Great Lakes Agrees to Pay $10,000 in Settlement with
Great Lakes Window in Walbridge, Ohio, has agreed to pay $10,000 in attorney’s
fees and court costs resulting from allegations by the Washington State
Attorney General’s (AG) Office that the company made false claims about
the energy-saving qualities of its windows. The company also was fined
$25,000 in civil penalties, but the Washington AG agreed to suspend those
charges, “provided Great Lakes abides with consumer protection laws in
Great Lakes is charged with having sponsored an energy-savings pledge
used by one of its dealers, Penguin Windows in Mukilteo, Wash., from 2004
through 2009, promising consumers who purchased new doors and windows
throughout their homes that they would save at least 40 percent in energy
costs during the first year or would be paid the difference, according
to state officials.
The Washington Attorney General’s office alleges that the representation
that each homeowner who decided to purchase new doors and windows “would
achieve at least 40 percent savings on their energy bills was false.”
“On the contrary, the potential energy savings for such homeowners varied
greatly due to the many variables that affect home energy consumption,
such as the type of windows being replaced, size and location of the windows,
how well insulated the home was, the particular climate of the home’s
location, and the type and condition of the home’s heating and cooling
systems,” writes the Attorney General’s Office in its September 2 complaint.
“As a result, the actual energy savings that homeowners who qualified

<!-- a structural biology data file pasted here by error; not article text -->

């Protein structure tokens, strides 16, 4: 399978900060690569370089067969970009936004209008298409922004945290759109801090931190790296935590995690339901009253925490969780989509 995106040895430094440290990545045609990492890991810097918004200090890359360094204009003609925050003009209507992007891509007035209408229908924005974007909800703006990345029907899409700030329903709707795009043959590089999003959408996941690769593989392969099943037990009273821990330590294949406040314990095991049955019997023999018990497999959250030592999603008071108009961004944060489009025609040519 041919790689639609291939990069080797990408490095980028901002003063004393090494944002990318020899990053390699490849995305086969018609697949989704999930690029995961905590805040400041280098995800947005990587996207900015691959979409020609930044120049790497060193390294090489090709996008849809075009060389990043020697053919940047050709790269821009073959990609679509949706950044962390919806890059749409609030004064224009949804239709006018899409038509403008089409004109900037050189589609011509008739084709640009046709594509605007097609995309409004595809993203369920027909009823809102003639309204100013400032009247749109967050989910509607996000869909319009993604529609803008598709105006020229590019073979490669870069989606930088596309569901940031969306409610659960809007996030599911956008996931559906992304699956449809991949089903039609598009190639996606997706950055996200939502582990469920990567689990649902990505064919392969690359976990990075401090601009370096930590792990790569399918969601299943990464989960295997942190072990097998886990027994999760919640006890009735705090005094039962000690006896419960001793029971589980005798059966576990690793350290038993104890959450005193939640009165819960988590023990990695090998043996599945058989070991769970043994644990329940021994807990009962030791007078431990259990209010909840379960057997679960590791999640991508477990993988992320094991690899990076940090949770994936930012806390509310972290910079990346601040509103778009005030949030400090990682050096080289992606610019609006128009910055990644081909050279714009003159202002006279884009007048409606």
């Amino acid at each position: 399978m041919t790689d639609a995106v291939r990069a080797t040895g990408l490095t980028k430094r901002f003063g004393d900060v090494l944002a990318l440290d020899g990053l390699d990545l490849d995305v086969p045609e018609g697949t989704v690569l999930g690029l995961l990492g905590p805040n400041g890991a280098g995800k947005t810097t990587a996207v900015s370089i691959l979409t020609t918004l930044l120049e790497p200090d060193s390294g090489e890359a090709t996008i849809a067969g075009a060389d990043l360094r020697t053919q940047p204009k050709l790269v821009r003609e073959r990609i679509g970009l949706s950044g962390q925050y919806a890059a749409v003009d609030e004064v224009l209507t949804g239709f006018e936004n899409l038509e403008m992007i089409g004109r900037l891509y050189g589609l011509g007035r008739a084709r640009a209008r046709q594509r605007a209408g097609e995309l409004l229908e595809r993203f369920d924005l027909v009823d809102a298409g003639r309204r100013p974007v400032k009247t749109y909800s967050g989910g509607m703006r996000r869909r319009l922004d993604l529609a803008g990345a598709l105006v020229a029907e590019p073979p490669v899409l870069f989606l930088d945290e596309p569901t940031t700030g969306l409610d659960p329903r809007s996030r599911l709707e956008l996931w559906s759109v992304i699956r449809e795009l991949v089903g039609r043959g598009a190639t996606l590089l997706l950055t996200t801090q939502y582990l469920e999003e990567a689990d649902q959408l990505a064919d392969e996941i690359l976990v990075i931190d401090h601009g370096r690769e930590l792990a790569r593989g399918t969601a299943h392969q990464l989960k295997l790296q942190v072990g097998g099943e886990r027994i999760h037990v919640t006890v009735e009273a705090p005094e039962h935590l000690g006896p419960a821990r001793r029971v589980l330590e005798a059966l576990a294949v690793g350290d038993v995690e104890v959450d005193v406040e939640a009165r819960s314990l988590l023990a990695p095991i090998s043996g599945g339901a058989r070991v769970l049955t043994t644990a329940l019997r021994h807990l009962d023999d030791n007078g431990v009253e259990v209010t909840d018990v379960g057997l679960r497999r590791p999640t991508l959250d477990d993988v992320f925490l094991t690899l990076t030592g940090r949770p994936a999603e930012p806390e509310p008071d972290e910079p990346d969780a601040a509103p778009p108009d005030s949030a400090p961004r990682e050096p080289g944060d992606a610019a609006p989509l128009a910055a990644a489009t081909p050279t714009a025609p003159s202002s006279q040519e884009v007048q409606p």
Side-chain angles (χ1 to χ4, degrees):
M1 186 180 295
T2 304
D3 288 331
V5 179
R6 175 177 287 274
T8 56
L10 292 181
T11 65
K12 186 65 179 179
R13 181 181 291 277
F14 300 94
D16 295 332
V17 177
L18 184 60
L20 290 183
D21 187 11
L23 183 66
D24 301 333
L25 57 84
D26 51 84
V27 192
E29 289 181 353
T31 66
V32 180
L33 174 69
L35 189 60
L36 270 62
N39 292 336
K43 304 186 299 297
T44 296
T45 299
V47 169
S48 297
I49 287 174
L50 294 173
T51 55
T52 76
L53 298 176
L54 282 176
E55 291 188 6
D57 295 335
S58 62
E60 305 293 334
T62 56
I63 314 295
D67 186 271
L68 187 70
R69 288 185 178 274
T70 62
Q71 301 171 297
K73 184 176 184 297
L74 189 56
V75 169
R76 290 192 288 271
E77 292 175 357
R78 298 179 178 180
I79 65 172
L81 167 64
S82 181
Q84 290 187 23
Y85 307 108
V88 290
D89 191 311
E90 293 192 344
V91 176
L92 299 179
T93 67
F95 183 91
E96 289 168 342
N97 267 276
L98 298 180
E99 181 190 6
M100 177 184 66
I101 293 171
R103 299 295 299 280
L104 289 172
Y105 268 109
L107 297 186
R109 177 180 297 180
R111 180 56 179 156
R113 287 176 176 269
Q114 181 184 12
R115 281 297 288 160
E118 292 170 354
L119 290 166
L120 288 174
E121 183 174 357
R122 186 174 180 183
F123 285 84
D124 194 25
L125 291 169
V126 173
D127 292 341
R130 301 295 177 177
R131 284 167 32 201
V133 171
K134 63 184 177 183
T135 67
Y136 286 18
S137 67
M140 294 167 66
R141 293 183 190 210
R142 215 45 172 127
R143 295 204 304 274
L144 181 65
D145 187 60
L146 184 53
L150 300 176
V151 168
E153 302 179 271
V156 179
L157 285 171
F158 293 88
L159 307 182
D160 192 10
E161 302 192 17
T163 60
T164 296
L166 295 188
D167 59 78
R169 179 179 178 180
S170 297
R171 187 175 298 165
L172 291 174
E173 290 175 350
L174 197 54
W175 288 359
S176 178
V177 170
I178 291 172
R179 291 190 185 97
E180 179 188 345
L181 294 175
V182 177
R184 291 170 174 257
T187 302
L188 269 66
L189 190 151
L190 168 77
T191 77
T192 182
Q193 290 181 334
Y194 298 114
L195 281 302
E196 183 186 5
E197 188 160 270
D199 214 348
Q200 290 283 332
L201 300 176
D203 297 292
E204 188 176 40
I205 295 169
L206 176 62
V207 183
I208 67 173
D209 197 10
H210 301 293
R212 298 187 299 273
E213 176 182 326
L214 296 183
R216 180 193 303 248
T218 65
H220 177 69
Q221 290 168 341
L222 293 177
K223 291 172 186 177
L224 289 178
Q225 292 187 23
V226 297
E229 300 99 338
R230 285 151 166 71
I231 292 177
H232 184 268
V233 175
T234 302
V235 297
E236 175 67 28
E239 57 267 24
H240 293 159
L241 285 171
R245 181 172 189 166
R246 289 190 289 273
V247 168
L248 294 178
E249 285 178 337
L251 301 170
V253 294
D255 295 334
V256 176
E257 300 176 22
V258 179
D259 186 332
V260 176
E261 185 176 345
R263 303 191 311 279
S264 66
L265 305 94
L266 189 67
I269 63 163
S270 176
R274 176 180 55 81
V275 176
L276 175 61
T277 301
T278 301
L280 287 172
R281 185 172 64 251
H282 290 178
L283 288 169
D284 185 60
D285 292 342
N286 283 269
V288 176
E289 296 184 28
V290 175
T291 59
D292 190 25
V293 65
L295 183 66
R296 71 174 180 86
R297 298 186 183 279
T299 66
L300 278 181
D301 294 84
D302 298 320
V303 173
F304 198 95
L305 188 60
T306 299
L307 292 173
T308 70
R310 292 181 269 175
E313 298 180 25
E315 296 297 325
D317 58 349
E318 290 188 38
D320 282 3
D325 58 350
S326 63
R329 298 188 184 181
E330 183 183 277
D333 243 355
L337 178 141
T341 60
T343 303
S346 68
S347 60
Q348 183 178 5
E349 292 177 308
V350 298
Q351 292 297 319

for the pledge typically obtained was in fact far less than the 40 percent
savings the pledge promised.”
Great Lakes Window officials told DWM magazine that they disagree with
the State of Washington regarding this case and deny any wrongdoing, and
“do not support or endorse closing tactics used in the industry.”
“We agreed with the State’s proposal to settle for a nominal amount in
an effort to get back to the business of manufacturing high-quality, energy-efficient
windows for our customers. Great Lakes windows are NAHB Research Center
Green Approved, and we continue to stand by the fact that they help increase
energy efficiency,” reads a statement from the company provided to DWM.
The company has agreed not to engage in the prohibited marketing practices
and will set aside $50,000 for refunds for qualifying homeowners. The
window manufacturer also is to review and respond to written customer
complaints about energy efficiency claims and keep records of those complaints
for four years, according to the terms of the settlement.
“Window manufacturers like Great Lakes and not just companies that sell
windows directly to consumers must avoid deceptive marketing tactics like
energy savings pledge programs that promote false or unsubstantiated energy
savings claims,” says assistant attorney general Jack Zurlini.
A settlement was reached with Penguin earlier this year. The Attorney
General’s Office agreed to suspend $25,000 in civil penalties provided
Penguin abides with consumer protection laws in the future. Penguin will
pay $95,000 in attorneys’ fees and legal costs.
Strybuc Industries Acquires Replacement Hardware Mfg. Co.
Strybuc Industries, a national wholesaler/manufacturer of door and window
replacement hardware, recently completed the acquisition of Replacement
Hardware Manufacturing Co. Inc. (RHM) located in Hialeah, Fla.
RHM was established in 1981 and founded by Mary Squires. Strybuc says
RHM’s strength is its emphasis on high-performance patio door rollers,
handles and accessories, jalousie and awning hardware. The company also
stocks a wide variety of parts for all types of doors and windows, as
well as specialty tools for the door and window industry
Associated Materials to Change Hands in $1.3 Billion
Associated Materials LLC, based in Cuyahoga Falls, Ohio, announced in
September that it had signed a definitive agreement to be acquired by
affiliates of Hellman & Friedman LLC. The transaction is valued at
approximately $1.3 billion and is expected to close in the fourth quarter
of 2010. Associated Materials is a manufacturer of exterior residential
building products including vinyl windows.
“We are excited to be partnering with Hellman and Friedman,” says Tom
Chieffe, president and chief executive officer of Associated Materials.